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June 8, 2017
CLK students build new outdoor learning space
CALUMET, Mich. (WLUC) - Kindergarteners and 4th graders at Calumet-Laurium-Keweenaw (CLK) Elementary have been hard at w ... >>more
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Houghton High students present science research
By Garrett Neese, Daily Mining Gazette, June 2, 2017 HOUGHTON For the sixth year, Houghton High School biology stud ... >>more
May 30, 2017
Students help battle invasive species in Lake Superior
HOUGHTON, Mich. (WLUC) - Keweenaw Peninsula students are doing their part in the battle against invasive species in Lake ... >>more
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Symposium gives new perspective of Lake Superior to students
By DAN ROBLEE (droblee@mininggazette.com)
The Daily Mining Gazette

HANCOCK - Seventy local high school students got some new perspectives on preserving their region's largest natural resource May 14-17, when they joined peers from Wisconsin, Minnesota and Ontario for the 11th Biennial Lake Superior Youth Symposium in Thunder Bay, Ontario.

"Lots of other kids had different problems in their communities, big and small," sophomore Maya Urban said Sunday, shortly after stepping off a bus full of Houghton High School students returning from Thunder Bay at the Copper Country Intermediate School District in Hancock. Some communities, for example, were dealing with pollution from mining, she said, while others were focused on protecting fishing industries.

"Everyone had the same goal of saving Lake Superior," said Josie Ledgerwood, also a sophomore.
"I've never experienced the Native culture I experienced with this program," added junior Olivia Lohmann. Students were given Ojibwa names and the chance to play both Native American drums and some from throughout the world, she said, and they also learned about native perspectives and strategies toward conservation.
"We all noted that difference in Thunder Bay, the emphasis on native Ojibwa culture," said Joan Chadde, who led the local delegation. She said Ojibwa tribal leaders participated each day, and topics included aboriginal science and technology, and ethnobotany.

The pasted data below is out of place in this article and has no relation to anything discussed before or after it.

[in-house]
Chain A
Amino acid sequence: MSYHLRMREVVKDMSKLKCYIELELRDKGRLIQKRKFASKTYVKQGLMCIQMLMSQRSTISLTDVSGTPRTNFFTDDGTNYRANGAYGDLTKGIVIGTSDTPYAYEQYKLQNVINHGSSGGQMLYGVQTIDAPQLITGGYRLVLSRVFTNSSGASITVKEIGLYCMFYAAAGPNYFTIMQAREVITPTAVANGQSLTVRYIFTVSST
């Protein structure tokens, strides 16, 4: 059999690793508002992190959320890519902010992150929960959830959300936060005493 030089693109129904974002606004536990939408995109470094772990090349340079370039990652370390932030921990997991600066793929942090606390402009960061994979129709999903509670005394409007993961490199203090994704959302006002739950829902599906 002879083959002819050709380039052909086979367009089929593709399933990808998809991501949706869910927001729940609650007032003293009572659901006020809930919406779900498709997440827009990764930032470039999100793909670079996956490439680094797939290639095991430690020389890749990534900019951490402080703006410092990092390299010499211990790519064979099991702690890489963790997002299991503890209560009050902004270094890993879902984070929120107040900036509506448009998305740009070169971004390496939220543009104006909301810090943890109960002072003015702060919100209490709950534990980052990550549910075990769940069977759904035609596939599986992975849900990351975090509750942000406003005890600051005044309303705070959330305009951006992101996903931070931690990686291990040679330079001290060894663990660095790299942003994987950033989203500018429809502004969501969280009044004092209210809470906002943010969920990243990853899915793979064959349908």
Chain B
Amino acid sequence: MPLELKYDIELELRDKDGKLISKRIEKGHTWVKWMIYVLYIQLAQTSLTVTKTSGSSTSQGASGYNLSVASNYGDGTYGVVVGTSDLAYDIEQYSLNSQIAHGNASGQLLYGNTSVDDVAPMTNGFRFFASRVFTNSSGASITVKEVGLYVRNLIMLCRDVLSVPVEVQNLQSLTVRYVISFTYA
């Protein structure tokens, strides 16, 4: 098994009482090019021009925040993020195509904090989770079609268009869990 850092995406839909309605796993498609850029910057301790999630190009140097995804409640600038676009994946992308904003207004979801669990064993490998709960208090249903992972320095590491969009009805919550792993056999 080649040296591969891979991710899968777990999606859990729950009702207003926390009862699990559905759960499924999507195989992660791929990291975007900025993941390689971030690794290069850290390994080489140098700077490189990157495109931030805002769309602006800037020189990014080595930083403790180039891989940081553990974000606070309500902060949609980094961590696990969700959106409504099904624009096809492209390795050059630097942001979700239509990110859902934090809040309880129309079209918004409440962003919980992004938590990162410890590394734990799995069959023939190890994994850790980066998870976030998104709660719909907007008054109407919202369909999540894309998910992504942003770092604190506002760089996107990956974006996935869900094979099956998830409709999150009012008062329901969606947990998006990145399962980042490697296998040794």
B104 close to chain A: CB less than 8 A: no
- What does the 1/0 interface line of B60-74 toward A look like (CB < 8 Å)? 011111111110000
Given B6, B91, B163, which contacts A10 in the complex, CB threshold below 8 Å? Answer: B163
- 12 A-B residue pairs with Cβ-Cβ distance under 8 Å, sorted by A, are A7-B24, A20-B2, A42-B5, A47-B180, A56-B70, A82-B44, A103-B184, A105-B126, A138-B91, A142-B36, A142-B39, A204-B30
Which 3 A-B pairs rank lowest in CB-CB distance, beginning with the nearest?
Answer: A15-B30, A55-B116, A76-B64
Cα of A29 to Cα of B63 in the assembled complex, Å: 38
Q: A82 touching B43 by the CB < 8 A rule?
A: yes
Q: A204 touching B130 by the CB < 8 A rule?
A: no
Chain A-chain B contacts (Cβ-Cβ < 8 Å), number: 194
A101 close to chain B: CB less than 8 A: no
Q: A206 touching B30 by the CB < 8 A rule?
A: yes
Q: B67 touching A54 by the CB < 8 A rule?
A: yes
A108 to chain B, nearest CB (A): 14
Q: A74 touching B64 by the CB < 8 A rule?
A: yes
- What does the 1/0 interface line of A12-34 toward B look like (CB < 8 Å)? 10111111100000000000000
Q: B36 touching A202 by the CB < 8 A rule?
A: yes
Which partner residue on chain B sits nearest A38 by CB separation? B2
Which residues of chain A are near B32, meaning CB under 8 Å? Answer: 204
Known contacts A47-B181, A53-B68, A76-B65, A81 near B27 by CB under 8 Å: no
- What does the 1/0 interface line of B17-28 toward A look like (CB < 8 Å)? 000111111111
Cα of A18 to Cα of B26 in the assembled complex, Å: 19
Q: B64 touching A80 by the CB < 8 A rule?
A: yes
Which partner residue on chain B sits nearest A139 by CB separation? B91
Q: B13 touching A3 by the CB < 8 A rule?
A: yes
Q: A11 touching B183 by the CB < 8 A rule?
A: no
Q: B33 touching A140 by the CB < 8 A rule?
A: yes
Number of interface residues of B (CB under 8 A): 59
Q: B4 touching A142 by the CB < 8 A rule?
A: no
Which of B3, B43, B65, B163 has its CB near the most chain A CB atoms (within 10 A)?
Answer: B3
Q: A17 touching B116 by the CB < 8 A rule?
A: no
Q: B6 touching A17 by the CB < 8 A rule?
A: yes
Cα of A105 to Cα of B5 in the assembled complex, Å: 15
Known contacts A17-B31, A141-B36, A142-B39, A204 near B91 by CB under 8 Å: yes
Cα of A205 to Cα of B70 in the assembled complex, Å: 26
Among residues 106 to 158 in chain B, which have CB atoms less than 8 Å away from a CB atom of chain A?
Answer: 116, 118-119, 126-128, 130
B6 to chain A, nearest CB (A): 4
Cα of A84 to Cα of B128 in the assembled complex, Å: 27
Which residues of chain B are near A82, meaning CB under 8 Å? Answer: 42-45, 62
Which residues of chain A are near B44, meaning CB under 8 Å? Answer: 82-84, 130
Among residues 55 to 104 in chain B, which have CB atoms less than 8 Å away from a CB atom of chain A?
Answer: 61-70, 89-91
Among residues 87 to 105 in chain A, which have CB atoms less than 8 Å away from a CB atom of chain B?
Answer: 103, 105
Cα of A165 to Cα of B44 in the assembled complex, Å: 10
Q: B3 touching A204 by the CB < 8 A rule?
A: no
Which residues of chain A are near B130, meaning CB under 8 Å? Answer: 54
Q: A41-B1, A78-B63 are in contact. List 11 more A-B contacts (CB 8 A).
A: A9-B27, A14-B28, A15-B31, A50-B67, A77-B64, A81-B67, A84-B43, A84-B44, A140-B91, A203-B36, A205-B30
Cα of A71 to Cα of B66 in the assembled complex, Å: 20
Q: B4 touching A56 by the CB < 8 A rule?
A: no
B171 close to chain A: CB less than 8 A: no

Chadde, director of the Michigan Tech Center for Science and Environmental Outreach and program coordinator for the Western UP Center for Science, Math, and Environmental Education, has attended all 11 Symposia, and hosted two of them at Michigan Tech.
For this symposium, she brought along students from Houghton, Lake Linden-Hubbell and Jeffers. Jeffers teacher Cindy McCormick, she noted, had first attended the symposium as a student and now was bringing her own students on the trip.
Chadde said the local delegation was supported financially by the Lake Superior Stewardship Initiative, the Keweenaw Community Foundation Youth Advisory Council and each of the schools that sent students. The symposium was hosted by Sir Winston Churchill Collegiate & Vocational School, Lakehead University and Confederation College.
The symposium is open to seventh- through 12th-graders, and Houghton science teacher Lauri Davis said many of her students had attended at least twice.

"We had a couple of seniors who chose Canada over their last day of high school," she said. "The kids learn, they have fun and they get inspired to do things. It changes kids."

Students also got to see some of the unique natural and man-made features of the Thunder Bay area, from an amethyst mine and Sleeping Giant Provincial Park to Fort William Historical Park, where re-enactors demonstrated the lifestyles of both Native Americans and French voyageurs during the early days of European settlement in the region.
Students also walked the longest pedestrian suspension bridge in Canada, Chadde said, though Urban was even more impressed by the natural wonder of Kakabeca Falls, the second largest falls in Ontario after Niagara Falls.

"It was amazing," she said.

While students spent most of their time mixed with youth from Ontario and other states - about 150 total students attended, Chadde said - they also spent time with their own schoolmates, working on the beginnings of an action plan to improve their own school or community.

"Ours was to compost food (at Houghton High), so we don't throw away food that's not eaten at lunch," said sophomore Kate Woodford. "We want to have a garden to use it, and sell the extra compost to other farmers, so there's less food waste."

Urban said she'd made new friends, and the institute had been a great experience. She was hoping to attend again in 2015, when the symposium will be held in Duluth, Minnesota, and to focus her education on the sciences that can protect the waters.

"They taught us that even one person can make a difference," she said.

More:
"Students learn about environmental stewardship" that includes an interview w/ Cindy McCormick and Jeffers High School student, Haley Makela: CLICK HERE

Photos:
CLICK HERE
 
 
 
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